Inkwell, c. 1901. Prizefighter Robert Fitzsimmons, a close friend of President Theodore Roosevelt, had been trained as a blacksmith and enjoyed using his talents to create small mementos. He made this silver inkwell for the president, who in turn presented it as a souvenir to his trusted valet, James Amos. Amos counted it among his treasures for many years, eventually donating it to the Theodore Roosevelt birthplace in New York. Lent by Theodore Roosevelt Birthplace National Historic Site
Left: Robert Fitzsimmons, the boxer who gave Theodore Roosevelt the hoof ink stand. Library of Congress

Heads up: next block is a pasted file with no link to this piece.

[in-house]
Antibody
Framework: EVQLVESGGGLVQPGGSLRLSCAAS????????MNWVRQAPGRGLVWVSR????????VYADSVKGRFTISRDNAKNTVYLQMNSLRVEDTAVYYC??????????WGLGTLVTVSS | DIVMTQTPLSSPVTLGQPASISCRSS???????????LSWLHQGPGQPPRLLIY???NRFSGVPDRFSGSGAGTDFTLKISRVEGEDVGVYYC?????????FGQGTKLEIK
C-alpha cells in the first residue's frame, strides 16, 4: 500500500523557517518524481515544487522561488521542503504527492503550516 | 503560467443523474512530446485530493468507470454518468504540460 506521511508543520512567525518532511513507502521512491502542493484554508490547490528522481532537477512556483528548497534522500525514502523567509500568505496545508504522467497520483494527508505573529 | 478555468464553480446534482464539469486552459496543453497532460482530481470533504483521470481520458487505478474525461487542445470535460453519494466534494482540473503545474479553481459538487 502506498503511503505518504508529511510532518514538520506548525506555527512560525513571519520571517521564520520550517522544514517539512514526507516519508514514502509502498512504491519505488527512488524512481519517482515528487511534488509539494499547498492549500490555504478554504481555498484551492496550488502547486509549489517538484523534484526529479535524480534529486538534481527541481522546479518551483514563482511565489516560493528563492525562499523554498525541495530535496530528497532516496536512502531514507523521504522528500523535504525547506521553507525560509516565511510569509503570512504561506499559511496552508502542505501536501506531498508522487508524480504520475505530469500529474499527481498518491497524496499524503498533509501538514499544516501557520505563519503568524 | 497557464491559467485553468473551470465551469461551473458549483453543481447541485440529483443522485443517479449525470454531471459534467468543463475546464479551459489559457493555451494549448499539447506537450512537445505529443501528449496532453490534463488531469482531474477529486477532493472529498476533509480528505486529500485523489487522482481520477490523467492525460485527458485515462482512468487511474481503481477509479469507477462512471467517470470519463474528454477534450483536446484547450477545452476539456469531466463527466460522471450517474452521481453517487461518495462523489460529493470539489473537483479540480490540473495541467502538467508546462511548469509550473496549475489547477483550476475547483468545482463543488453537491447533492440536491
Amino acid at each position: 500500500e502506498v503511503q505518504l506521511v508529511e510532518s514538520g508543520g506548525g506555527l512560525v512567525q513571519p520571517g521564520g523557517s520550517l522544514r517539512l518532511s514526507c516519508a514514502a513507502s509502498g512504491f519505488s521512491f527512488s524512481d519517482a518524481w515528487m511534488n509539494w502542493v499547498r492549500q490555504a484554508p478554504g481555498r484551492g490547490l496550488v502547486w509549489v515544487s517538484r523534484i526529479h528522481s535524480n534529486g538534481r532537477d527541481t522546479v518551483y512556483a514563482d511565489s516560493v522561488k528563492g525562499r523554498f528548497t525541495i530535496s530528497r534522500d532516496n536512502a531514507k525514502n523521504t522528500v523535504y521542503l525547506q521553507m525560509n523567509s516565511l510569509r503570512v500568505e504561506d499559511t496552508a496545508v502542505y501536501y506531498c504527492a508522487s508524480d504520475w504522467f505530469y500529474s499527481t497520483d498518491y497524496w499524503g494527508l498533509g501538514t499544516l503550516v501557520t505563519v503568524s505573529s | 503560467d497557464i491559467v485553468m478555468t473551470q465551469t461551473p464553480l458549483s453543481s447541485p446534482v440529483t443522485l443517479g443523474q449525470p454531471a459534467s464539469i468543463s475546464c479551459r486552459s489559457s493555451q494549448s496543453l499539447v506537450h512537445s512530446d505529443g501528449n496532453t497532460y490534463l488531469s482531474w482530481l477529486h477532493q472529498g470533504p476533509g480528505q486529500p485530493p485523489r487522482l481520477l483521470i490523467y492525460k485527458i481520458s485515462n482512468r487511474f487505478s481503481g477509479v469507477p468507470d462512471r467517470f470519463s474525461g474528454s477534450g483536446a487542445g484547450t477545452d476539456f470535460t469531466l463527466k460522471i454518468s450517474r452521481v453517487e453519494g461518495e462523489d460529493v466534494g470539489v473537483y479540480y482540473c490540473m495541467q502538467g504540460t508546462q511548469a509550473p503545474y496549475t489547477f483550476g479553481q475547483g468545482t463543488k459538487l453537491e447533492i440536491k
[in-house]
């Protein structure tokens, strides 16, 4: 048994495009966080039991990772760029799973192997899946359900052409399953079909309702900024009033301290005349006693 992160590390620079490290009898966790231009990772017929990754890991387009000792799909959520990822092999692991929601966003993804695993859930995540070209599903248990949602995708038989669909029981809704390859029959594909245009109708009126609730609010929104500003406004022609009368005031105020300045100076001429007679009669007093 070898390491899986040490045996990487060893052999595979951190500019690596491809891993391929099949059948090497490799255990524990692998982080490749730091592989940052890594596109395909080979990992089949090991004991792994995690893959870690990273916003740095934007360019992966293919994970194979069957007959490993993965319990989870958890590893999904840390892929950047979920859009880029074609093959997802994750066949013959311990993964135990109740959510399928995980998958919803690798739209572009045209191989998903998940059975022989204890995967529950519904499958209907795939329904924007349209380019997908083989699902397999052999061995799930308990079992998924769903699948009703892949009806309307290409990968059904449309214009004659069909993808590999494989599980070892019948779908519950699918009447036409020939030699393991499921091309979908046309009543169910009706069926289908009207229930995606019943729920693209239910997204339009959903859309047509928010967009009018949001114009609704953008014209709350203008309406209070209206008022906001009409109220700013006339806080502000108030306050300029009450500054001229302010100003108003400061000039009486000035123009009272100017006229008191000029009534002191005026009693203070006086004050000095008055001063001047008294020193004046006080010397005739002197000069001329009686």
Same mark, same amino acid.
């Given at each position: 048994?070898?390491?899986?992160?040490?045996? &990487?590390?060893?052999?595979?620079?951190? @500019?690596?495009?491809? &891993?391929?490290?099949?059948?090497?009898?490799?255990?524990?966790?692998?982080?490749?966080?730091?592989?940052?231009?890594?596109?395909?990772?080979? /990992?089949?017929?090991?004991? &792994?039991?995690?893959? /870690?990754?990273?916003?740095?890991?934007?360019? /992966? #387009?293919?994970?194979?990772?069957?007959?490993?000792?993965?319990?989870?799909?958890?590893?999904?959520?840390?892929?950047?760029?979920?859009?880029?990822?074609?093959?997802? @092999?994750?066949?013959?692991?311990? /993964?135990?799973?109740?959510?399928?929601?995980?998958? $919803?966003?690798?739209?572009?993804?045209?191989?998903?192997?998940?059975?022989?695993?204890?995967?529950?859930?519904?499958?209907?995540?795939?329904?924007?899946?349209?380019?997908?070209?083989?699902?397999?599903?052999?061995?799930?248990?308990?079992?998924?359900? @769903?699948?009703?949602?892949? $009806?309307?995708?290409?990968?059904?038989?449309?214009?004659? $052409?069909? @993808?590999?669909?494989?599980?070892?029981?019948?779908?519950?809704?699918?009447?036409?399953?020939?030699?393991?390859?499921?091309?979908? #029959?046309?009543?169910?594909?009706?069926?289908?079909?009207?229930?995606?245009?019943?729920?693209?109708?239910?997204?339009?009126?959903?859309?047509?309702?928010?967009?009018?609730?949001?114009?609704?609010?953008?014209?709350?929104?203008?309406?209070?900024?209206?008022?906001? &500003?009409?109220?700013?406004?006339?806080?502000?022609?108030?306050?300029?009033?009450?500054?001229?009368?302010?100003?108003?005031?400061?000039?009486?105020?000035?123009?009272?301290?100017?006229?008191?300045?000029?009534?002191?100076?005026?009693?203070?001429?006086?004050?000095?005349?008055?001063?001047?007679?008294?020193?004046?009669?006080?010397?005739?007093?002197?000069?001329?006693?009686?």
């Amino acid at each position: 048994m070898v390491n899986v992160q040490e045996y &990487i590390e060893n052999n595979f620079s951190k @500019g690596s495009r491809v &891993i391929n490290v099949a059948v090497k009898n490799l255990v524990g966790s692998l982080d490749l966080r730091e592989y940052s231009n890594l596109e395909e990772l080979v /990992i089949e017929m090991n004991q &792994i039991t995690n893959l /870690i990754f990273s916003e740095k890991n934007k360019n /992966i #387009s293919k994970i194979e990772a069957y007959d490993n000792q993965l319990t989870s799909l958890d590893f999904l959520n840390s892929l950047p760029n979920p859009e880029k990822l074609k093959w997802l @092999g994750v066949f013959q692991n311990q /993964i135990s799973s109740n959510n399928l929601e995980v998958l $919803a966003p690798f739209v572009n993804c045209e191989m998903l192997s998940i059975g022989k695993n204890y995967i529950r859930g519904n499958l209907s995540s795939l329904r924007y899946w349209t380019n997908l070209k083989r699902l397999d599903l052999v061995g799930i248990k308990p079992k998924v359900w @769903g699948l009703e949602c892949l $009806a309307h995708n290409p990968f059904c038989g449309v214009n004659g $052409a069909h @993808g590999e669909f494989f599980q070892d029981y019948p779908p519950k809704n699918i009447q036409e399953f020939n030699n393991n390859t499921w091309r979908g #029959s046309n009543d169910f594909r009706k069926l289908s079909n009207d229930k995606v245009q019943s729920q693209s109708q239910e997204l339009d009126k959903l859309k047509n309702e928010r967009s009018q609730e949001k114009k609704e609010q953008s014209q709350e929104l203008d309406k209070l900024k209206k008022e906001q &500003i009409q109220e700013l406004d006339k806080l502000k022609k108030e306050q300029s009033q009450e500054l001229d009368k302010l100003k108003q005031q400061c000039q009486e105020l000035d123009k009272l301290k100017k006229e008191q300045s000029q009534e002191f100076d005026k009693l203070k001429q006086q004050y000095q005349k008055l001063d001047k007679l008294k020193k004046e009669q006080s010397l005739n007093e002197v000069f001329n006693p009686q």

Right: Portrait of Theodore Roosevelt, by John Singer Sargent, 1903. White House Historical Association (White House Collection)
Tip envelope, c. 1948. It was a longstanding White House tradition for workers to receive a gratuity from the first family at Christmas. Alonzo Fields recalled that President and Mrs. Hoover would give each employee “an autographed picture and an envelope with a crisp new $5 bill for servants of the lower bracket, and larger amounts for those of the higher brackets.” The size of the tip President Truman presented to Fields in this envelope is not known.
Lent by Mayland Fields